This article is a submission for the Budding Writers Scholarship Contest Instructions- Personal Essay.I won the Personal Essay category.
How will AI integrate with society, what are its most important applications in society, or how will the pursuit of superintelligence manifest. This essay is intended to be less formal and writers are encouraged to use a narrative style to express their creativity and opinions.
An Unlikely Beginning
The screen faded to black, and soft piano music started playing, I blinked back tears as I pondered what I had just watched. I was barely ten years old yet, and I didn’t even really understand what I was watching but I knew I had just seen something that would impact me for the rest of my life.
It was the early 2000s and I had just finished watching Steven Spielberg’s A.I. Artificial Intelligence. Officially the movie plotline is about “a highly advanced robotic boy [who] longs to become a human child so that he can regain the love of his foster mother who abandoned him. He soon embarks on a journey to make his dreams come true.”1
However, I actually think that a Youtube comment2 brilliant explains what the movie is really about and why I have decided to use this movie to start my personal essay about Artificial Intelligence: “Many people don’t realize how this ending brings the film to full-circle. In the beginning, David was created to fill a need…and in the end, Monica is created, to fill a need. The creations, have become the creators.”
In this personal essay about artificial intelligence I will make three bold assertions:
- Computers have gotten smarter, while humans have stayed the same
- Humans and computers will become synonymous
- The creations will become the creators
Computers have Gotten Smarter, Humans Have Stayed the Same
In the last 50 years, computers have gotten exponentially smarter but humans have basically stayed the same. A running joke in the artificial intelligence industry could be that whenever a new “breakthrough” in artificial intelligence is published it turns out that the algorithm is at least 25 years old, it’s just that we finally got a computer powerful enough to tell us what we already knew. It’s like when ancient astronomers calculated calculated the location of celestial bodies, but we still had to wait for the invention of the telescope to allow us to finally see with our eyes what our minds had already envisioned.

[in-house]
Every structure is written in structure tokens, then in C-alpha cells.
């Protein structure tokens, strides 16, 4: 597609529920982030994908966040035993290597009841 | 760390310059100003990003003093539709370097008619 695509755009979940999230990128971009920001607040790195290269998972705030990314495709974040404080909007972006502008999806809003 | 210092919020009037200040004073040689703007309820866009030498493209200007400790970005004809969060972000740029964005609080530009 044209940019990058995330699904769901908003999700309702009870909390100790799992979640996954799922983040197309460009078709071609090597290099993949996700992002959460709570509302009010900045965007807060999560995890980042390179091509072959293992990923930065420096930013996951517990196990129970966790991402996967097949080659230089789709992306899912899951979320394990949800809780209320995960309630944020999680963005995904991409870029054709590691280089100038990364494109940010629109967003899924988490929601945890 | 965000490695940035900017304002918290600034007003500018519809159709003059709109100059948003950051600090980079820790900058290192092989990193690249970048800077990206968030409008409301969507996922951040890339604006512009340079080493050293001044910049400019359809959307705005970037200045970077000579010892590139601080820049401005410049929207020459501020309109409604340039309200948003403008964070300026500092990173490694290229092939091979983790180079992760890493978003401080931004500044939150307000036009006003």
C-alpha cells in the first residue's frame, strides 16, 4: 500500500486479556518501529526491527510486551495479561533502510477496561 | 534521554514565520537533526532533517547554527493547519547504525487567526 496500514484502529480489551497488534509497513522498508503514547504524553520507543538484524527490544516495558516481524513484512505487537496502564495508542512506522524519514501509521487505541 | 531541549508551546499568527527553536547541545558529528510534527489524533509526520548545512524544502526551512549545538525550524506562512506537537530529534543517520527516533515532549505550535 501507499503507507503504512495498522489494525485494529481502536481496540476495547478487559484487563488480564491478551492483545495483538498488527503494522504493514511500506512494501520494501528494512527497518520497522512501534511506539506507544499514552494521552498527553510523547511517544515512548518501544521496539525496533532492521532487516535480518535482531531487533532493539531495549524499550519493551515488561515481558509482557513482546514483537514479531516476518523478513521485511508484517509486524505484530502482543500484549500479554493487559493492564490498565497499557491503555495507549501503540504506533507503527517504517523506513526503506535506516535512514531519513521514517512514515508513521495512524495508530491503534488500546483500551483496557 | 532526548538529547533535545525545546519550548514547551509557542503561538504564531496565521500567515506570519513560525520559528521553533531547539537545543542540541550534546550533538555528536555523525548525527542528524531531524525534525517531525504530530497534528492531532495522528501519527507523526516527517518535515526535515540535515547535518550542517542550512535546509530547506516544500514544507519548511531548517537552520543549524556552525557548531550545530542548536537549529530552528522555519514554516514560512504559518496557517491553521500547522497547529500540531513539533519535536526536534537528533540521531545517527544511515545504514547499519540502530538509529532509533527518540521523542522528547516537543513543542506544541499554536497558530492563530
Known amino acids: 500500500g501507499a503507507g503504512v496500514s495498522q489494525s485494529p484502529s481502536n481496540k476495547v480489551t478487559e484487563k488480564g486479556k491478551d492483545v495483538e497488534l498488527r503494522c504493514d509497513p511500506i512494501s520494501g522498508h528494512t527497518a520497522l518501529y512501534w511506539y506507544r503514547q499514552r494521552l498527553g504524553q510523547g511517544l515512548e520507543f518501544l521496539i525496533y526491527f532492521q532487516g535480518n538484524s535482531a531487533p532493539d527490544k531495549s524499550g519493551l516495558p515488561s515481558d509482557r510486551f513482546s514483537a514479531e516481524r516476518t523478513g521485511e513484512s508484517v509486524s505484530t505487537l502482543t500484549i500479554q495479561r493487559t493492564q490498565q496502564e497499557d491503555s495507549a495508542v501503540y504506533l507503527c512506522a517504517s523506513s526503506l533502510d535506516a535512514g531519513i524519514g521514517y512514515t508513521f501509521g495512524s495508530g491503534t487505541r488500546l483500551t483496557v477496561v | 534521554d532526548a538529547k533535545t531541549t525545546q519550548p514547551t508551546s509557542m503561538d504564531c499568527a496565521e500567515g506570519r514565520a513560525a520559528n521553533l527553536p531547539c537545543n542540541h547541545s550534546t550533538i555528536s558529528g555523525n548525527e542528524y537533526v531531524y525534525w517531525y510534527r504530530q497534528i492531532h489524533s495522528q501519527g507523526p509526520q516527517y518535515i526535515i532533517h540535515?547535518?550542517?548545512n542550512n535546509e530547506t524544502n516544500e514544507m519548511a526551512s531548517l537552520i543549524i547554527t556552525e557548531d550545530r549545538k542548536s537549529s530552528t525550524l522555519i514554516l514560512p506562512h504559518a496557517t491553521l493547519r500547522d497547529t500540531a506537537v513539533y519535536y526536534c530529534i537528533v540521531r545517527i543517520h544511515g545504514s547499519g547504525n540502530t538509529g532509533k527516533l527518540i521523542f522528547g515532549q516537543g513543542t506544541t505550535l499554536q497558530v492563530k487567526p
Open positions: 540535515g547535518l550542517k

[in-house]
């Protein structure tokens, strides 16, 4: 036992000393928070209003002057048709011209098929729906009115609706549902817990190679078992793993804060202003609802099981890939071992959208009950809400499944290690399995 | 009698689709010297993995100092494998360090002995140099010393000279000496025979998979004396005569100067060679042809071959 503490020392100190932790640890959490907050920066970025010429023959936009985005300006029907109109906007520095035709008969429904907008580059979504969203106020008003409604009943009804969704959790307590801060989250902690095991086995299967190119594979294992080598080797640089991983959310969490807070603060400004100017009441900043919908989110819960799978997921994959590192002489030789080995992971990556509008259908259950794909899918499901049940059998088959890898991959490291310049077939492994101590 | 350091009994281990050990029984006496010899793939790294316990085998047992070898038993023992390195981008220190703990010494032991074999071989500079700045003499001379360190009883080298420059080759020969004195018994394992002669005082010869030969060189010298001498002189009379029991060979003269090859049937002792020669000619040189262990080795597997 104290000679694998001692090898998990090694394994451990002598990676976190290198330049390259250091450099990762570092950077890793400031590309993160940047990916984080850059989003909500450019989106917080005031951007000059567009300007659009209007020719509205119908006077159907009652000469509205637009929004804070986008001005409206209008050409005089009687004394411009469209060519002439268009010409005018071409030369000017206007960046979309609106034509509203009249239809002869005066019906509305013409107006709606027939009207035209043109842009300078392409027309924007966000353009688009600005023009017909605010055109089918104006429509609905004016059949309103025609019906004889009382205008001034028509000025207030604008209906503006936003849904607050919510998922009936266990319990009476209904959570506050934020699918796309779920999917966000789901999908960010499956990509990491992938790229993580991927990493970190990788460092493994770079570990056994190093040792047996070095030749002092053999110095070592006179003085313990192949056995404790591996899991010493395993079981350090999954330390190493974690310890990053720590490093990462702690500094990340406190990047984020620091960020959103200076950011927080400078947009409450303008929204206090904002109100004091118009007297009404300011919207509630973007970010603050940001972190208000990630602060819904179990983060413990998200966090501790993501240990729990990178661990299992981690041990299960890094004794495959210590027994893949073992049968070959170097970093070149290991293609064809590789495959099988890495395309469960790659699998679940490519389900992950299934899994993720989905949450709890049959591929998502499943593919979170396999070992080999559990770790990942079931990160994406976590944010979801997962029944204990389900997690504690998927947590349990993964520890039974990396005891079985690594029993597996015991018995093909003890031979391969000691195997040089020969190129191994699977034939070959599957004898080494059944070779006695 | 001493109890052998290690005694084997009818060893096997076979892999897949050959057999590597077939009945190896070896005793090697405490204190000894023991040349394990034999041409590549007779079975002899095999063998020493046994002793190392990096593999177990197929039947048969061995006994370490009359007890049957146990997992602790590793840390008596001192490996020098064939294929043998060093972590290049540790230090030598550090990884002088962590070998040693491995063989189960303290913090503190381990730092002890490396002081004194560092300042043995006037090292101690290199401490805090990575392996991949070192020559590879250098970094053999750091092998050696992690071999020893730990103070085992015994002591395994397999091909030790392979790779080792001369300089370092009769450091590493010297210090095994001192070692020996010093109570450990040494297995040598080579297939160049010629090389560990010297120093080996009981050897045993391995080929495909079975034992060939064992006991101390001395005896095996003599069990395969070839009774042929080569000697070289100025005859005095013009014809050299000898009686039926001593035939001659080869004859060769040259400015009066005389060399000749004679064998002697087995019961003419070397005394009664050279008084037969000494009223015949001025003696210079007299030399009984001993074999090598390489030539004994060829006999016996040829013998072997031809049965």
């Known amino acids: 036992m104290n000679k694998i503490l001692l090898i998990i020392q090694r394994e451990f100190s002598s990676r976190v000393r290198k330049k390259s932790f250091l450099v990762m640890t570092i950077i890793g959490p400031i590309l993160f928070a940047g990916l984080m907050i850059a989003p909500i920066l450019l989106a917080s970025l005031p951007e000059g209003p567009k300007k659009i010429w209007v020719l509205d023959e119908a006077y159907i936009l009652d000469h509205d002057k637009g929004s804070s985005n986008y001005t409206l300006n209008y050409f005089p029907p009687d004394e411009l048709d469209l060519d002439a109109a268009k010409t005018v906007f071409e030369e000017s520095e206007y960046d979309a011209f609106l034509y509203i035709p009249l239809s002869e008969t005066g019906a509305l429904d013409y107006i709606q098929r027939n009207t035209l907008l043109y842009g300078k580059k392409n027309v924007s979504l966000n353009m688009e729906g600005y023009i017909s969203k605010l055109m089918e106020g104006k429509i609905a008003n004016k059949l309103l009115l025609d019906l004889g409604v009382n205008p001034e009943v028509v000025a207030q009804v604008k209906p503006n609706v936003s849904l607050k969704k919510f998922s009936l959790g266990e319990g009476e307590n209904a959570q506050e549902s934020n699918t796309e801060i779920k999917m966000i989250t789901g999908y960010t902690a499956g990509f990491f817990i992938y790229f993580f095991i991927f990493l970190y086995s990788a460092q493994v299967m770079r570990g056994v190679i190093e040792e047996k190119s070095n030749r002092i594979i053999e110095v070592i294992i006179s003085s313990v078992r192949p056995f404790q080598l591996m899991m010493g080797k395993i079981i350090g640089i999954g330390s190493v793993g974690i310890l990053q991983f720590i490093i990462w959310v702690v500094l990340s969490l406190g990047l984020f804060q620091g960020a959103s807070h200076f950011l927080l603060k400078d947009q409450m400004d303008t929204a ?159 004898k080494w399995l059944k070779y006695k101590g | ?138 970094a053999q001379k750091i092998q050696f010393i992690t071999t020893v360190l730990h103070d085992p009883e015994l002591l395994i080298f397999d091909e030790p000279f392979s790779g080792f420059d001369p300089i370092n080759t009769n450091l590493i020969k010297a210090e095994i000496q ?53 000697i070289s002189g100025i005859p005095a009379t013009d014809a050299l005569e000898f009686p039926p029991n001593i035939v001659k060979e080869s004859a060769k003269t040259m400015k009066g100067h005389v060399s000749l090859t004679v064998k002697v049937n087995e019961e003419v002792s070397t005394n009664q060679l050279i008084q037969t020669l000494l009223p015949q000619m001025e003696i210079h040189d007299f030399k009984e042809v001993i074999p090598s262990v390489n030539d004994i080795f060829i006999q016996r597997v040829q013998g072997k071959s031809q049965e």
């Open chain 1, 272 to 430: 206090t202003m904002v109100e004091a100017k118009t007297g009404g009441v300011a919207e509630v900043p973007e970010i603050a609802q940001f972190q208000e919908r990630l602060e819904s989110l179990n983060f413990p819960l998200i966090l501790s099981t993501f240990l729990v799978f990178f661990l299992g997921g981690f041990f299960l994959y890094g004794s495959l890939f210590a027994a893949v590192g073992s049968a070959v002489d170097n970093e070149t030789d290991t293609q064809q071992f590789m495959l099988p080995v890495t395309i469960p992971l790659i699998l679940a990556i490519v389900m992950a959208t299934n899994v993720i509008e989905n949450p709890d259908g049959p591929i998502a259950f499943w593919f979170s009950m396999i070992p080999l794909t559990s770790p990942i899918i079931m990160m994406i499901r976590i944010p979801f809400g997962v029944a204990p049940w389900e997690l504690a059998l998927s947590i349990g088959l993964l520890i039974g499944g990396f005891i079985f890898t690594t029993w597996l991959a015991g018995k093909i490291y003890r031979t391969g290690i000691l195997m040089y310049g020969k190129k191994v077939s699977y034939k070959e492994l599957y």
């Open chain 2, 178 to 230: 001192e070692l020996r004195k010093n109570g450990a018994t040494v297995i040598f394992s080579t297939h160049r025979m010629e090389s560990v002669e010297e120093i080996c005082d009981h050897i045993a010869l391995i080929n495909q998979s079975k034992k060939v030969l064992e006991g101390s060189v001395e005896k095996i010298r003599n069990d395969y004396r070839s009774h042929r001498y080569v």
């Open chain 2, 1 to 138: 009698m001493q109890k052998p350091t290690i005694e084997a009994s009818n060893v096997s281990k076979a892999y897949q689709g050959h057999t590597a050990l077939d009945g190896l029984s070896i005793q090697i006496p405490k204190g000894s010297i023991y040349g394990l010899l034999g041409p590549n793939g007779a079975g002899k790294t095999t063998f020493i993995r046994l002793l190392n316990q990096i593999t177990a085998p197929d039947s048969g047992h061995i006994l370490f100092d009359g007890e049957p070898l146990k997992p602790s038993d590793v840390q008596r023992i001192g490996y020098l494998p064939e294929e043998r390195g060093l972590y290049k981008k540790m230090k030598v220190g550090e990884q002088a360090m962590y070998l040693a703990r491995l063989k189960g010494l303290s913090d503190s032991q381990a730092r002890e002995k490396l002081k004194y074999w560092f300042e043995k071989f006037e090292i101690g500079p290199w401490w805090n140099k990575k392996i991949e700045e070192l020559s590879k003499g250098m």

For example, algorithms to detect handwriting have existed since 19893 when Yan Lecunn developed a neural network that could recognize handwritten zip codes. It wasn’t until industrial-scale production of GPUs became affordable that Lecunn’s algorithms could be applied in practice.
A large part of this is due to Moore’s law4, which states that overall processing power for computers will double every two years. This means that most of the quality of life and technological improvements in society are not a result of us “smarter” humans but “smarter” tools. We progress not because of human ingenuity but simply due to us riding the wave of the laws of physics and hanging on for dear life.
I believe that in order for us to reach the next frontier of growth in artificial intelligence, cognitive gains achieved by computers will now flow back to humans. I call this phase: “your younger cousin finally realizes that their video game controller is unplugged”.
Humans and Computers will Become Synonymous
Most of our predictions about the future of artificial intelligence operate under the assumption of what I call the steel-metal assumption. This assumption is that artificial intelligence will be manifested as a computer inside a data center in an undisclosed location with exabyte scale compute power.
However, I think the future of artificial intelligence will be more similar to what is called the “moist Robot” scenario5. Once we have developed a sufficiently complex artificial intelligence, we will then try to directly integrate the computation power of such a computer into the natural, biological cognitive process of a human.
For example, instead of typing into Google “weather for tomorrow”, a microchip would be surgically implanted into your left hemisphere (the side of the brian that handles language and logic) and you would simply “think” to yourself “Hmm, I wonder if it’s going to rain tomorrow” and the chip would send the request to a server in the cloud and return a request back to you in nanoseconds6.
It currently takes 900 milliseconds7 for the brain to think of a word, formulate it and send it to the mouth for speech. This means that we can think of a question and the microchip in our brain can send and receive the question, faster than if we thought about it naturally ourselves.